But we had this guy, he was fairly new, who just simply didn’t understand what was going on. He never quite understood that the game had been played the previous night (our time) and that if you listened to AFN (Armed Forces Network) radio you already knew the score. It just never seemed to make sense that if you were watching a game being played in the daytime, it just couldn’t be daytime where we were.

With the Orioles up three games to none, a bunch of us sat down to watch game four.  The dolt mentioned above was one of them. He began by telling us “his” Orioles were going to sweep. I told him Cincy was going to win game four. He told me I was crazy. I told him the score was going to be 6-5 (I looked the score up on Retrosheet a few minutes ago). He laughed, informing me that Palmer was going to close out the Series.

“No, he isn’t.” (All conversations cleaned up from GI English and after 40 years, approximated.)

“Sure he is. Wanna bet?”

“Why not? Five bucks?” OK, so I’m a jerk, but sometimes you just can’t help yourself. Let’s face it, when someone is being that willfully stupid you just gotta take the money.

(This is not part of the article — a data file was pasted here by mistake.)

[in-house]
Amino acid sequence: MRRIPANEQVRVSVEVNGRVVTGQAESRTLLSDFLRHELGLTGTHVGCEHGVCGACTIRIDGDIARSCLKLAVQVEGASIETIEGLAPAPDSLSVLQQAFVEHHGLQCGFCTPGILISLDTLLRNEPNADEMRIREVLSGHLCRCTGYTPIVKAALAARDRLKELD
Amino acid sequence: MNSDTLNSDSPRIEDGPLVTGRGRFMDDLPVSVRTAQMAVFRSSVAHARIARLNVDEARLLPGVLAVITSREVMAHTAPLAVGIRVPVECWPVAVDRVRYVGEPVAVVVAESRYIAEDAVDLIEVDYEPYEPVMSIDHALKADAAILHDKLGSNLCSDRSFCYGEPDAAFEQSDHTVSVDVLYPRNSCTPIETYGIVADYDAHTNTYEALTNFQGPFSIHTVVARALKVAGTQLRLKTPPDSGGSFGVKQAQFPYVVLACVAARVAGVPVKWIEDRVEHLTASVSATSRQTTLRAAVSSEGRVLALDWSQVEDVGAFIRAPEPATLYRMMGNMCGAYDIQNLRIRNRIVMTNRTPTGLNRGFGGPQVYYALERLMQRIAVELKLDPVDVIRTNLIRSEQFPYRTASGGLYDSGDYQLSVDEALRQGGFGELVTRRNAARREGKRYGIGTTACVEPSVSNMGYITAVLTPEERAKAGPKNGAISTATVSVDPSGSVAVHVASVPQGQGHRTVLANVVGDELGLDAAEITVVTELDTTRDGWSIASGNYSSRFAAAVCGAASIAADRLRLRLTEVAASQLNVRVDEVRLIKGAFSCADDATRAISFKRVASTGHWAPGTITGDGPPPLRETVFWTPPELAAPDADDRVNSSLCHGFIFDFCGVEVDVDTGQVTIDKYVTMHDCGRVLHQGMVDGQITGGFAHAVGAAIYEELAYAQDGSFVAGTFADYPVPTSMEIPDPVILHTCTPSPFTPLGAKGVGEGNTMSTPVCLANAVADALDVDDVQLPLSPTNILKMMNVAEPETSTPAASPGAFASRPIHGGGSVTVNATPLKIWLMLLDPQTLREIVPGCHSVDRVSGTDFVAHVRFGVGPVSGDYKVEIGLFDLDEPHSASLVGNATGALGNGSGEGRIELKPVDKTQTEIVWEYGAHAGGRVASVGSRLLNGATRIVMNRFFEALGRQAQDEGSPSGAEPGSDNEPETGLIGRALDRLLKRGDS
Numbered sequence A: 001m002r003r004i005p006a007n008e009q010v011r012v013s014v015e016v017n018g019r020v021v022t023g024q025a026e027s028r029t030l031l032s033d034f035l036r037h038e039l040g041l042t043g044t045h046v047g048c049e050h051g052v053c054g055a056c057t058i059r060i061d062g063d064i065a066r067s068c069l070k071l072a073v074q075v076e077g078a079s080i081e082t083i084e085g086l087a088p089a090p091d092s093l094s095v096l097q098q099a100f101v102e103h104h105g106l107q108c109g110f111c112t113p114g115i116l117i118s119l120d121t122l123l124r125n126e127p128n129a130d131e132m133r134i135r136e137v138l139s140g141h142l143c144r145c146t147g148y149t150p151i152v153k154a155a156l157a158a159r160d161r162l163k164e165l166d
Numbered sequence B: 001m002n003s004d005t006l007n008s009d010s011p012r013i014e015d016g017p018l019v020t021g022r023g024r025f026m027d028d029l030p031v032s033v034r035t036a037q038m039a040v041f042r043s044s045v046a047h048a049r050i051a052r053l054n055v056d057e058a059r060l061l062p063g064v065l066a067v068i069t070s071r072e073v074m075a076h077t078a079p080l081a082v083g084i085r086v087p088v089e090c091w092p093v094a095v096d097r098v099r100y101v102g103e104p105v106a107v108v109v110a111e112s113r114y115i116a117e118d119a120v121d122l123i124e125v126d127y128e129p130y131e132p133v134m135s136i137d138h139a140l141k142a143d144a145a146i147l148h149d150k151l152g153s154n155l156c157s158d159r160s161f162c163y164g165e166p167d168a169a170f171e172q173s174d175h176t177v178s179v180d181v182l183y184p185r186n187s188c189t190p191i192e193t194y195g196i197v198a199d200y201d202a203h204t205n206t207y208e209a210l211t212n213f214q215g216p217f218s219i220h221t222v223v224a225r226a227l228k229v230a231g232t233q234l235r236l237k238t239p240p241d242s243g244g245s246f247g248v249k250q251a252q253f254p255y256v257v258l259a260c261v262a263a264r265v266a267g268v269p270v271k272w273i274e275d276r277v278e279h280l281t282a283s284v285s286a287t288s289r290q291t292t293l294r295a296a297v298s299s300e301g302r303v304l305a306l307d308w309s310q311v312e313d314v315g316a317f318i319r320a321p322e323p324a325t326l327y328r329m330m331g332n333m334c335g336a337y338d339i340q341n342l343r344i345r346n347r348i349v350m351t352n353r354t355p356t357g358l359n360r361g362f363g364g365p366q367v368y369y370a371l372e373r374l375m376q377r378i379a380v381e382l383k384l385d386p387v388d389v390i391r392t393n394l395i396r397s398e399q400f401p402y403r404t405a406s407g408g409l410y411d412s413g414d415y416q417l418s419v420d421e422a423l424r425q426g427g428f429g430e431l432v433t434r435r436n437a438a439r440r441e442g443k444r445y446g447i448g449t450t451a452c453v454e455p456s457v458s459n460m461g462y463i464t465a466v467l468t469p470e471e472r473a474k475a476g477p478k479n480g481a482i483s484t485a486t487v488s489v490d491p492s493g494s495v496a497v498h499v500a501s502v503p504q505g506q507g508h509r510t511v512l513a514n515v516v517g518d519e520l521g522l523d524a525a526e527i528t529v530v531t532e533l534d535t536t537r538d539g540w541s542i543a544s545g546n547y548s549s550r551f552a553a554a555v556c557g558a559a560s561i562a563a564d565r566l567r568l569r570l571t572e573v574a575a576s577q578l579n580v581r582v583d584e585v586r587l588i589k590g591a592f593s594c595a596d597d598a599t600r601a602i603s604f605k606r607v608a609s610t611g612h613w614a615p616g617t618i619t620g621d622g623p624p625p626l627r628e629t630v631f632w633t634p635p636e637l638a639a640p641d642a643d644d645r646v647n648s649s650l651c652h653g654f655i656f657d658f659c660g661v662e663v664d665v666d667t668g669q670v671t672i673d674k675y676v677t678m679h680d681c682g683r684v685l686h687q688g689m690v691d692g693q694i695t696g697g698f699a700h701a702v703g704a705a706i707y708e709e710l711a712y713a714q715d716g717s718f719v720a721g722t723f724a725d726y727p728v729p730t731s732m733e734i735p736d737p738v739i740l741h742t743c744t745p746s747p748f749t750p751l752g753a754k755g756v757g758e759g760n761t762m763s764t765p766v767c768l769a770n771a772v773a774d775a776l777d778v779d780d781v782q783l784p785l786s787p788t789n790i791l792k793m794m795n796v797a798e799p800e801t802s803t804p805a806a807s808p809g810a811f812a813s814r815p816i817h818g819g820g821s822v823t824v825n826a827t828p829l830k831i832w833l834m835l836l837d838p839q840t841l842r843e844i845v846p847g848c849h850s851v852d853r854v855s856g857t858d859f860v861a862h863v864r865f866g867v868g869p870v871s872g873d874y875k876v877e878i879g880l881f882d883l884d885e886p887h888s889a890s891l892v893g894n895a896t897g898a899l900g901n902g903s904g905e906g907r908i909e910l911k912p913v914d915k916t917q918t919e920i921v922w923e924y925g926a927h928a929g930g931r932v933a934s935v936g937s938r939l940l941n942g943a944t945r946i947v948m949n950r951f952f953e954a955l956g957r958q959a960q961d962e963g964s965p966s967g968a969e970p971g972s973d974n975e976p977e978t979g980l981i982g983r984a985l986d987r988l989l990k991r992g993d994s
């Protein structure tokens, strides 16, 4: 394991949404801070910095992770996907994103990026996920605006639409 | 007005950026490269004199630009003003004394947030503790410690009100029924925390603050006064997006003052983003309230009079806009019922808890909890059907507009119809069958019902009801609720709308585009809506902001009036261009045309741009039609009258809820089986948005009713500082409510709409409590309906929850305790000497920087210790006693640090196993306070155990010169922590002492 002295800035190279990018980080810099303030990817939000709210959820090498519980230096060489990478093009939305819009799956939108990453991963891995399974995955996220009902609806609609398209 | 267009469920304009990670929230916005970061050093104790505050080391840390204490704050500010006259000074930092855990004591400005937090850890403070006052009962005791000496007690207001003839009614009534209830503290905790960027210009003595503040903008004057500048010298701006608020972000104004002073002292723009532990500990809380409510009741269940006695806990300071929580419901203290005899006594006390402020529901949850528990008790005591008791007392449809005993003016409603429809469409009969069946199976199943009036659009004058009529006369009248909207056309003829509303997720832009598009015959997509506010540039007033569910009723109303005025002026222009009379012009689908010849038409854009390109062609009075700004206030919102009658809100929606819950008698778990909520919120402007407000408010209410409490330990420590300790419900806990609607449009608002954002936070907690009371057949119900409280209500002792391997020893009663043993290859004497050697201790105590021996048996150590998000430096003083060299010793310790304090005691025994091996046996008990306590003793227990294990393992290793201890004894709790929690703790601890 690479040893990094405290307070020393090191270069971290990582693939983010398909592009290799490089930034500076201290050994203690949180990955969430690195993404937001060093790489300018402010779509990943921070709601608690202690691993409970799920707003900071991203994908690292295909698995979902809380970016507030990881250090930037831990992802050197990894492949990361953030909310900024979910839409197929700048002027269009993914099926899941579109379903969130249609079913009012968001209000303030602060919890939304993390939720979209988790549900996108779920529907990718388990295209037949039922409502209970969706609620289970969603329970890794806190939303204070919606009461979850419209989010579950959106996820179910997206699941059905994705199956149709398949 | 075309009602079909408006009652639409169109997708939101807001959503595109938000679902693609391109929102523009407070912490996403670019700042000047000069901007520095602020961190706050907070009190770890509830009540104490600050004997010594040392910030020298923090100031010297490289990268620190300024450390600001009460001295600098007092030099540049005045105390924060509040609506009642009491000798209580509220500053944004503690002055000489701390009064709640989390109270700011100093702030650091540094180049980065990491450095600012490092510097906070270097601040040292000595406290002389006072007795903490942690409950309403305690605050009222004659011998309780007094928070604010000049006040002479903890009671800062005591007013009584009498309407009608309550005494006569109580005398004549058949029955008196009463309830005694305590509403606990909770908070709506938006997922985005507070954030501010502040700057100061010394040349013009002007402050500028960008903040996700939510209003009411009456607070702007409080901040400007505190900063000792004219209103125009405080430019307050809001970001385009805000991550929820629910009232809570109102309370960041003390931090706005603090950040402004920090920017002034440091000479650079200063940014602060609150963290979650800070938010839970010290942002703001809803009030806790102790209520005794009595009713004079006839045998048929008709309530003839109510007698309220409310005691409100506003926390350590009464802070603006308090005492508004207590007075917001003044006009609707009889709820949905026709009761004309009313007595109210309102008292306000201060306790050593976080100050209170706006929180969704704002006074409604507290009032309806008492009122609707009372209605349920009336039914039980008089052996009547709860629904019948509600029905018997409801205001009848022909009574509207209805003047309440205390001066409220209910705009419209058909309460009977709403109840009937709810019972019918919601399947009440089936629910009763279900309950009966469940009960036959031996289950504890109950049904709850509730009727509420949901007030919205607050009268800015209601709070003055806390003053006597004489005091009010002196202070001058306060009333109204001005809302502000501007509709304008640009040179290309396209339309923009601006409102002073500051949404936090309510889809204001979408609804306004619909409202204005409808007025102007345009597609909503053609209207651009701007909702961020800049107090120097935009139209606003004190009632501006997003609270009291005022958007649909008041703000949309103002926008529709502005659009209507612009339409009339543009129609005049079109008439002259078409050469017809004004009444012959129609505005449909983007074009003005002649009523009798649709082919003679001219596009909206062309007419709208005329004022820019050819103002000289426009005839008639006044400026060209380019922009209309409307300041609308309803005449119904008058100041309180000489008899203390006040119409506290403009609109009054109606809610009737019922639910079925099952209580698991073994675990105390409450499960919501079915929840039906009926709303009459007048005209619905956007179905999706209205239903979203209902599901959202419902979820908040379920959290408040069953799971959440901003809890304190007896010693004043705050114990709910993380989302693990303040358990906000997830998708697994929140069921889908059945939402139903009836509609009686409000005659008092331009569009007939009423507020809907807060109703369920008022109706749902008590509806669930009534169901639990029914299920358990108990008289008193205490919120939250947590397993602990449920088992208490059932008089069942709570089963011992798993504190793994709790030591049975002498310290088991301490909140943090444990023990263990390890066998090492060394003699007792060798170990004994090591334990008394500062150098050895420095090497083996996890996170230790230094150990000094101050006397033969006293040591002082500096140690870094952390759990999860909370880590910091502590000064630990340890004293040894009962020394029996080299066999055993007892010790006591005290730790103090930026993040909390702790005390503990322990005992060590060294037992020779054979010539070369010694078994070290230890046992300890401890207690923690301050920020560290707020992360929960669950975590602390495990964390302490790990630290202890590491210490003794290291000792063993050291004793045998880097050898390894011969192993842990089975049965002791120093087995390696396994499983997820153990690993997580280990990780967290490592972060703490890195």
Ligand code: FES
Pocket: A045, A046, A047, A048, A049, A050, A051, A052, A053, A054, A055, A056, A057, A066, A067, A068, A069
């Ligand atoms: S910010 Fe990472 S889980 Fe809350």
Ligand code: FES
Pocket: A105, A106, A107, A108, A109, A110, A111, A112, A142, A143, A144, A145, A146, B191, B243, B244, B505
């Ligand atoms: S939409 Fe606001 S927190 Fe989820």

“Deal. Two to one.”

“OK by me.”

So I handed a five to the bartender, he gave the bartender a ten, and the rest of the guys at the table snickered. Well, sure enough the Reds won 6-5 and I picked up an easy ten dollars. The other guy was  stunned. We tried to explain to him about tape-delays and listening to the game in the middle of the night, but it just didn’t sink in.

The next night, Baltimore wrapped up the Series, Brooks Robinson was named MVP, and we all met in the afternoon to watch the crowning. Of course the guy was there, ready to put up money again that this time Baltimore would win it all.

“No bet, slick, because you’re right, the Orioles are going to win (9-3 according to Retrosheet). By the way (we wouldn’t have dared to say “BTW” back then), Brooks Robinson was the MVP.”

It seems he didn’t understand the nature of the past tense meant by the word “was”.

“That makes sense, but I’m not sure it won’t go to Blair (Paul).”

“Trust me, Robinson wins.”

Here came the deathless line again, “Wanna bet?”

Well, now I’ve got this terrible dilemma. What do I do? I’ve taken the poor fool’s money once. Do I do it again? You know the answer, don’t you?

“Sure. Five bucks again?”

“Deal, but no two to one.”

“Fine by me.”

So the bartender got two fives and we waited. The O’s won, Robinson was MVP and I was fifteen total dollars richer. I don’t know that he ever figured out how the turning of the Earth and tape-delay worked. I had a few months left and he had a couple of years to go. I was gone before the Super Bowl, but, geez, I wish I coulda got a bet down with him.